Lancaster Hosts Evolving Intelligent Systems Conference
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The 2006 International Symposium on Evolving Fuzzy Systems (EFS'06) offered a forum for the academic community and industry to share views and ideas about developing and using Evolving Intelligent Systems - technology that can make possible computers and machines that can 'think', 'learn', adapt and self-develop like humans.
Senior figures from companies including General Electric, Ford, The Dow Chemical Company and Nokia joined academics at the St Martin's College campus at Ambleside in the Lake District for the three day event.
It was organised by Lancaster University and the Institute of Electrical and Electronics Engineers (IEEE), which has members in over 150 countries.
Dr Plamen Angelov, the General Chair of the Symposium from the University's Department of Communications Systems at InfoLab21, said: "It's an exciting area because we want to develop autonomous systems like a robot which can adapt to its environment and evolve its 'intelligence', whether in a disaster zone or on another planet.
"Humans do not have a fixed set of knowledge but are learning all the time so we want to create algorithms for computational intelligence to enable machines to stand in for humans in hazardous or unknown environments.
"For example, people follow rules such as "If it is cold outside I will take a coat" or "If the distance to the car in front of mine is too small I will slow down". "Cold" and "too small" are usually not precisely defined. They are rather 'fuzzy' values defined by fuzzy sets. Fuzzy logic is a theory to represent the way humans manipulate knowledge, using so-called approximate reasoning."
Evolving fuzzy systems is an emerging area that is inspired by Nature and focuses on the evolution of the machine to enable it to learn and adapt to an unpredictable environment.
Possible applications include intelligent sensors in the oil industry, autonomous unmanned vehicles in the defence industry, personalised medicine tailored to the patient and personalised web usage, plus smart mobile phones that can restore lost portions of the signal.
The President of the North American Fuzzy Information Processing Society, Dr. Dimitar Filev, Senior Technical Leader at Intelligent Control and Information Systems, Ford Research and Advanced Engineering in Michigan, USA, said: "Recent advances in information technology, sensor networks and communications, exponentially increasing amounts of information, the need for autonomous systems and architectures for automated data summarization, soft sensing, prognostics, and new types of knowledge-based software application (intelligent agents) are some of the main technology drivers for the emerging research area of evolving systems.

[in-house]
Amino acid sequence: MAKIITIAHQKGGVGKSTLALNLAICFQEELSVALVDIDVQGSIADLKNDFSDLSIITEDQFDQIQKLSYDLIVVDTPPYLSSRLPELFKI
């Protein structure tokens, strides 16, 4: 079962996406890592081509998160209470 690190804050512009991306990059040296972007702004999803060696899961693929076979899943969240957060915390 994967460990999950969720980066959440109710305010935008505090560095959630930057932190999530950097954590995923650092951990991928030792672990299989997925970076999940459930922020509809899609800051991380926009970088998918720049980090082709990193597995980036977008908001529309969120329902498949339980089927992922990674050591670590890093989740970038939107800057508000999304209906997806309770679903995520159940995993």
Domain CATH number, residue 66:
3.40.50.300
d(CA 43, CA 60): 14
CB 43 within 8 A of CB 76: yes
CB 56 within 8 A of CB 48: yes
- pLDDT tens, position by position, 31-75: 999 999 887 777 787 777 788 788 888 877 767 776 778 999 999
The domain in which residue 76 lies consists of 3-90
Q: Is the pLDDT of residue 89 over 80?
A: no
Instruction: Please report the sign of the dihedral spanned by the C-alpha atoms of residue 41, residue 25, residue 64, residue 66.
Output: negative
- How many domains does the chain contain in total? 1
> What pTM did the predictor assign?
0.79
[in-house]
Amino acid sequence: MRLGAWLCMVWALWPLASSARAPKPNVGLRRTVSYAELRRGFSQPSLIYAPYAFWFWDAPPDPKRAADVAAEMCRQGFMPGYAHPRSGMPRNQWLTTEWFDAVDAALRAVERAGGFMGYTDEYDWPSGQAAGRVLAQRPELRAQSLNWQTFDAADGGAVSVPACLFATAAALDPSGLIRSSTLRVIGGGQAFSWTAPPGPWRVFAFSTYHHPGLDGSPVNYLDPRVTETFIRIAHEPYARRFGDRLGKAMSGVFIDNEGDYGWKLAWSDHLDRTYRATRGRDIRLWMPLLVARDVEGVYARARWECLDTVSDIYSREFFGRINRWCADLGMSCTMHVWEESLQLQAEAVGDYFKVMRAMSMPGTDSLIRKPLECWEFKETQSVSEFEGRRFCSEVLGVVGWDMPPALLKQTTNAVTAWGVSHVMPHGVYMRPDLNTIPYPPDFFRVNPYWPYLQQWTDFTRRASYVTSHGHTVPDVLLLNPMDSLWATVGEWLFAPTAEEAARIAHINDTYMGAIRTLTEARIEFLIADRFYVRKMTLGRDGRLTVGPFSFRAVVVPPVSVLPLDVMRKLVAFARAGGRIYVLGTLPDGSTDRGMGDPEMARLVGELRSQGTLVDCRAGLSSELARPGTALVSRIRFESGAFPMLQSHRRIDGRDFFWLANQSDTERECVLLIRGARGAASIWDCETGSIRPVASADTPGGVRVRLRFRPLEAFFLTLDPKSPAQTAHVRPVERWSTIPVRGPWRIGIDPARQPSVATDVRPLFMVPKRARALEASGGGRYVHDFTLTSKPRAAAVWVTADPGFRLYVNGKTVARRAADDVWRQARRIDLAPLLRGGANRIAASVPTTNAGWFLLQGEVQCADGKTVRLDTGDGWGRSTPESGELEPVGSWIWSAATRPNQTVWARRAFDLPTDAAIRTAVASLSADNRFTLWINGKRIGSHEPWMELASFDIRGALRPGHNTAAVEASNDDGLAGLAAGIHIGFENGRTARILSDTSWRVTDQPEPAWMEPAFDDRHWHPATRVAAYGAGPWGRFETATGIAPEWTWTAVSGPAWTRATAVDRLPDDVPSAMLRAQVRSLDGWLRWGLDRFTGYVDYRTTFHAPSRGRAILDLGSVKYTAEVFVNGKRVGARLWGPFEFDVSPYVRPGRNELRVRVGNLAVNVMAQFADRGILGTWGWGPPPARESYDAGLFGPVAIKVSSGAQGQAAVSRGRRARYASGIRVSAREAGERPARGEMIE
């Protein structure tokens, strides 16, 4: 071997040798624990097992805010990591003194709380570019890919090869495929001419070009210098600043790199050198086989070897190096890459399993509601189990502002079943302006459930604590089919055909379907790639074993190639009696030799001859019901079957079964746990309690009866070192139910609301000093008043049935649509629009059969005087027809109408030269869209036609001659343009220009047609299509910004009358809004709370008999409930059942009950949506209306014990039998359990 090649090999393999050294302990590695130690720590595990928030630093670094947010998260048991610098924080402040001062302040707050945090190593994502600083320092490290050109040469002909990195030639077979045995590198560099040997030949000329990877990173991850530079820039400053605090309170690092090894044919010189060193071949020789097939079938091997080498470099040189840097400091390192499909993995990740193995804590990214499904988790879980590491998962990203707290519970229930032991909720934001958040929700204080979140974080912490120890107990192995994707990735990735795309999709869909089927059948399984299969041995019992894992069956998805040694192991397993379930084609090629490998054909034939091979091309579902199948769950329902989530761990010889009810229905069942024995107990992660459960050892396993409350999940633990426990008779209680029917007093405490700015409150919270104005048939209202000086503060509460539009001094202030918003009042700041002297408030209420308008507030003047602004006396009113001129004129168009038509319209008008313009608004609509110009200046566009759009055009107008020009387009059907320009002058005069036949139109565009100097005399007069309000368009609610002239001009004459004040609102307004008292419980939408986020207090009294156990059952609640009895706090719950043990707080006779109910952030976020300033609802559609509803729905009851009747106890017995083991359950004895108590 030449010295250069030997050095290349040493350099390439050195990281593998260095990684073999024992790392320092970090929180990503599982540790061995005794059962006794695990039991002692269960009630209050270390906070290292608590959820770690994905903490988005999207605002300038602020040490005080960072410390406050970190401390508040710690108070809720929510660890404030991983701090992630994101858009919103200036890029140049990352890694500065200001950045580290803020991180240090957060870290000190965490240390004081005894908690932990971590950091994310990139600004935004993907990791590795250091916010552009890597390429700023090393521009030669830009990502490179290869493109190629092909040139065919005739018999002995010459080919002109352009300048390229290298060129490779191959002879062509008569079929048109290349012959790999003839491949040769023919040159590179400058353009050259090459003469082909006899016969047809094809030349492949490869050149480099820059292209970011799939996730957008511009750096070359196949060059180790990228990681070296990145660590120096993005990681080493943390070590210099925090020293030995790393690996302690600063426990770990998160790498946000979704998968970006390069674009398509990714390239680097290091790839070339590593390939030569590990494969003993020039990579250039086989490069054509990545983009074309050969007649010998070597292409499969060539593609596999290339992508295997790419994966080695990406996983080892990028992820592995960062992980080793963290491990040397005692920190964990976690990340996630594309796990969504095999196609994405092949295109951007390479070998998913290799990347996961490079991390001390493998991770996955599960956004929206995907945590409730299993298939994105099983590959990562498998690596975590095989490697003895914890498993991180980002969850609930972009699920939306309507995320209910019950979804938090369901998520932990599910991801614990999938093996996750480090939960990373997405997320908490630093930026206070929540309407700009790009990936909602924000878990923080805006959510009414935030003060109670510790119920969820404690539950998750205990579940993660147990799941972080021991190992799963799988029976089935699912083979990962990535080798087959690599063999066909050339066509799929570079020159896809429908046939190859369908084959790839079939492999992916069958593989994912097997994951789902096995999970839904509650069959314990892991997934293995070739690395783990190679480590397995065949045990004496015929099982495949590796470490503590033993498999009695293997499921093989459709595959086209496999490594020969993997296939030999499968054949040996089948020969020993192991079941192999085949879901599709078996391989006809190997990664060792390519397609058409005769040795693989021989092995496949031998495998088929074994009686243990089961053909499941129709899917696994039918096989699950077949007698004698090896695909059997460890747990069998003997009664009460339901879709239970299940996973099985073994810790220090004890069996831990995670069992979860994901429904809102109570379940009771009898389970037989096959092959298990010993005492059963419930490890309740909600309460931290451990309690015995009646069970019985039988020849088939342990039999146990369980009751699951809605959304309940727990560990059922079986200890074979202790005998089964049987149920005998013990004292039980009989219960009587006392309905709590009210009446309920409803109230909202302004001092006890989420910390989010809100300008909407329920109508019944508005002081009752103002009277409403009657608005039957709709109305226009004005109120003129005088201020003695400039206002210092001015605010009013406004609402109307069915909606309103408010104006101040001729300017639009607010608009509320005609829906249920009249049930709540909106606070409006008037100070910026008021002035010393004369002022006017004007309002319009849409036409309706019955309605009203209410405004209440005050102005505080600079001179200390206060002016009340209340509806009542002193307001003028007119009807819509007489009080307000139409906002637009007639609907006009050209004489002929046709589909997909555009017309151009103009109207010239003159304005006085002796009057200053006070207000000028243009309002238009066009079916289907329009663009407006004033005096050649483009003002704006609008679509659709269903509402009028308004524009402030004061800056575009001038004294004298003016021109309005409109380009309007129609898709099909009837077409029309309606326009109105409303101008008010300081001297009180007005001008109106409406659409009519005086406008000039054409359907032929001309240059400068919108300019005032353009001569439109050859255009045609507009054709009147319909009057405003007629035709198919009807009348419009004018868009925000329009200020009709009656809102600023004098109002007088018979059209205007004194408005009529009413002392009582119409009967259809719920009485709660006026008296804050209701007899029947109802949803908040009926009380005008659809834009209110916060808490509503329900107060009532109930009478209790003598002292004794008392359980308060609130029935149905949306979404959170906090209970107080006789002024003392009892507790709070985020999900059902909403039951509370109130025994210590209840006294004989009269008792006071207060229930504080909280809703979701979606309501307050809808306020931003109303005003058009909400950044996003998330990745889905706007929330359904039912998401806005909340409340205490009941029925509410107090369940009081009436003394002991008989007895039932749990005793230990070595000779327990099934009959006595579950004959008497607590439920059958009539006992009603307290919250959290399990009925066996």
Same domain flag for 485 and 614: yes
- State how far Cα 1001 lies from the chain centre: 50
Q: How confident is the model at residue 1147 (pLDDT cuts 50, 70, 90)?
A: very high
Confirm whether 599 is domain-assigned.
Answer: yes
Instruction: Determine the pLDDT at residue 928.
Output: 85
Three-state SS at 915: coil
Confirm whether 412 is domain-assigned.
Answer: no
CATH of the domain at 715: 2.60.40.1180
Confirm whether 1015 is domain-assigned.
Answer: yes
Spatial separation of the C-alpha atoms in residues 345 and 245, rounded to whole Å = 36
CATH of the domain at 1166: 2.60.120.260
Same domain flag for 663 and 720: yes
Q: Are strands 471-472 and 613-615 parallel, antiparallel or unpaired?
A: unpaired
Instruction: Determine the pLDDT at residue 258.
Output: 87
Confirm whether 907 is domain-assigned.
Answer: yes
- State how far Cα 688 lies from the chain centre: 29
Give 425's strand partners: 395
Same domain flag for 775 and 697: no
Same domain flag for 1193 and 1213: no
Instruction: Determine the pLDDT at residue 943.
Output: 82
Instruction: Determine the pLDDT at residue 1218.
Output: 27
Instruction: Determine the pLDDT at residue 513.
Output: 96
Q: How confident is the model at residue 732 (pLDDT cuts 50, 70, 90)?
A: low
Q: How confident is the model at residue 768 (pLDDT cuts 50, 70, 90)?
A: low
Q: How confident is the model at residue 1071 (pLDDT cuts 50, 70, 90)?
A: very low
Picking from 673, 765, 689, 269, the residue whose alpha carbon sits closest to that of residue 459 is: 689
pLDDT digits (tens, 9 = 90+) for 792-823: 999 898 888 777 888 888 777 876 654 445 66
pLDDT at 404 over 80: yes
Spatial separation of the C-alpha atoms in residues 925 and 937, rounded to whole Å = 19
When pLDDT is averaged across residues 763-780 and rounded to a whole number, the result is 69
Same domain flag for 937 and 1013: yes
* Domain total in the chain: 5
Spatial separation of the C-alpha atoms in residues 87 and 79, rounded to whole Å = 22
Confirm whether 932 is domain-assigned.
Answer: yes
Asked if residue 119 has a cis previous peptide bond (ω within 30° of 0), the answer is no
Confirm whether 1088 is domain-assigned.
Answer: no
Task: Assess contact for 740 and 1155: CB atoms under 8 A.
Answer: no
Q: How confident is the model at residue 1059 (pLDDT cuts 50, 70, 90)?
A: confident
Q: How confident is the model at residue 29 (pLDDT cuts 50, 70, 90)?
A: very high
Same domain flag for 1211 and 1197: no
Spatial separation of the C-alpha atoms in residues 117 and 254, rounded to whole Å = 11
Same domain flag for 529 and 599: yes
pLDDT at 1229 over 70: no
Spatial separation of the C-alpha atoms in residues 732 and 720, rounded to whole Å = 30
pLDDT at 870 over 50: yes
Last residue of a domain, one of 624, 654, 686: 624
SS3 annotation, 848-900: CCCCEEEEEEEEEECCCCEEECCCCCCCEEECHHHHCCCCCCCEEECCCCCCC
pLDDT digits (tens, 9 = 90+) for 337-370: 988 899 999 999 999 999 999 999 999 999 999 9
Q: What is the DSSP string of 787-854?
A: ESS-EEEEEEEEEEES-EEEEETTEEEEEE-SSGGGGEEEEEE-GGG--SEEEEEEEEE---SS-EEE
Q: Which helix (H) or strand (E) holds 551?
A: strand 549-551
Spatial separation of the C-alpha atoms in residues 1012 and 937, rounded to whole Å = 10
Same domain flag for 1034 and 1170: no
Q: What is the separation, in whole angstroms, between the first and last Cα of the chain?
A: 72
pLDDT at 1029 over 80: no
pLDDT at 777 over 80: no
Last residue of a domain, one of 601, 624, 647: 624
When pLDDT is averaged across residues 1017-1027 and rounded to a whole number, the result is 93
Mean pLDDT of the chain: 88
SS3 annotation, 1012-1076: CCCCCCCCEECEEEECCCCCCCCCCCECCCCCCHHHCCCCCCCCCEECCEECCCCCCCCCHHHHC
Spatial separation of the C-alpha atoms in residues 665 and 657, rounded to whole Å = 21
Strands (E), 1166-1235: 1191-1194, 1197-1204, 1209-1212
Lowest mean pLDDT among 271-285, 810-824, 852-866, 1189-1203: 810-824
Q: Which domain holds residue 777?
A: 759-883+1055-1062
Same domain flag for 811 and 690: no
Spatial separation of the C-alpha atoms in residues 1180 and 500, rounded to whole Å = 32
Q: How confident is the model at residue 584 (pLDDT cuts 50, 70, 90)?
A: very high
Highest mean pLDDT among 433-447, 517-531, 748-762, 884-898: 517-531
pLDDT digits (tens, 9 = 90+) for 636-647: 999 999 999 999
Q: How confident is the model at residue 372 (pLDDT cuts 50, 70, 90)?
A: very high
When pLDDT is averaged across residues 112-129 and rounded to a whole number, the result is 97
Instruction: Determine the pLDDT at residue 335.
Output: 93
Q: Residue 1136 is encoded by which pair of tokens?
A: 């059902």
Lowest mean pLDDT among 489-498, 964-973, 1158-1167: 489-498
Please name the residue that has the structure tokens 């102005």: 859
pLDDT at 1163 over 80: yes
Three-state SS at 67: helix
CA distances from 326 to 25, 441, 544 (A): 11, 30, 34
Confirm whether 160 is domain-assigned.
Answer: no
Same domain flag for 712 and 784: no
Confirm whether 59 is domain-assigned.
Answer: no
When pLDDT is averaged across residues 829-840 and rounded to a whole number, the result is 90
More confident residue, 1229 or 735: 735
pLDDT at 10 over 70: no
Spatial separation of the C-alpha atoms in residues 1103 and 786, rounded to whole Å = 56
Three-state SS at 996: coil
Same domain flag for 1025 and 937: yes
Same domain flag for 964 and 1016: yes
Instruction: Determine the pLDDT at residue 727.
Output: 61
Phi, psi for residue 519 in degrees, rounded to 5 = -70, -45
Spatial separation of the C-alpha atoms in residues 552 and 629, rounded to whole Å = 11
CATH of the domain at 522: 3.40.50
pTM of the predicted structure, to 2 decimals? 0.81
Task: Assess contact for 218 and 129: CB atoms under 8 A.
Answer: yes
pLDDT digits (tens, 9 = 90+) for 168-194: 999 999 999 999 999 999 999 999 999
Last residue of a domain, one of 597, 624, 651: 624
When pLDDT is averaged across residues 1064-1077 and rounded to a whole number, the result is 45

"Evolving systems result from the synergy between conventional systems, neural networks and fuzzy systems as structures for information representation and the evolutionary and machine methods for learning. Embedded soft computing applications are the natural implementation area of evolving systems as one of the main tools for design of real time intelligent systems. EFS'06 was a great visionary event establishing and promoting the concept of evolving system."
Another senior participant from a leading global company, Dr. Arthur Kordon, R&D Leader at The Dow Chemical Company in Texas, added: "Evolving Intelligent Systems have a high potential for implementation in industry. EFS'06 was a very successful event that brought together the key theoretical leaders in the field with several big industrial participants, like GE, Ford, Nokia, and Dow Chemical. The interesting presentations and fruitful discussions have moved forward this new research area."
Dr. Oscar Cordon, the Chairman of IEEE's Genetic Fuzzy Systems Task Force and a Principal Researcher at the European Centre for Soft Computing in Asturias, Spain, said: "In my opinion, EFS '06 was an outstanding event, including the participation of world-wide recognized experts on the topic of genetic and evolving fuzzy systems. The organization was excellent and took special care to bring together people from academia and from industry, which can result in interesting collaborations in the near future."
One of the leading academics, Prof. Dr. Janusz Kacprzyk, Fellow of the IEEE, Fellow of the IFSA and Member of the Polish Academy of Sciences, said: "Not only a great number of very interesting papers have been presented but due to the proper choice of participants, EFS'06 has obtained a synergistic effect. I am sure that discussions have clarified many aspects of evolutionary fuzzy systems, and the conference will be an important event for this area, triggering further progress and new research directions."
Dr George D. Magoulas, from the University of London, said the Symposium created a lively atmosphere for discussing research with internationally recognised researchers.
"The Symposium helped existing collaborations to be extended and provided opportunities for new collaborations to be forged between industry and academia."
EFS '06 was organised by Lancaster University's InfoLab21 together with the Genetic Fuzzy Systems Task Force of the IEEE and the Engineering and Physical Sciences Research Council. It was co-sponsored by BAE Systems, Nokia-UK Ltd, J&S Marine and Retail Analytics.
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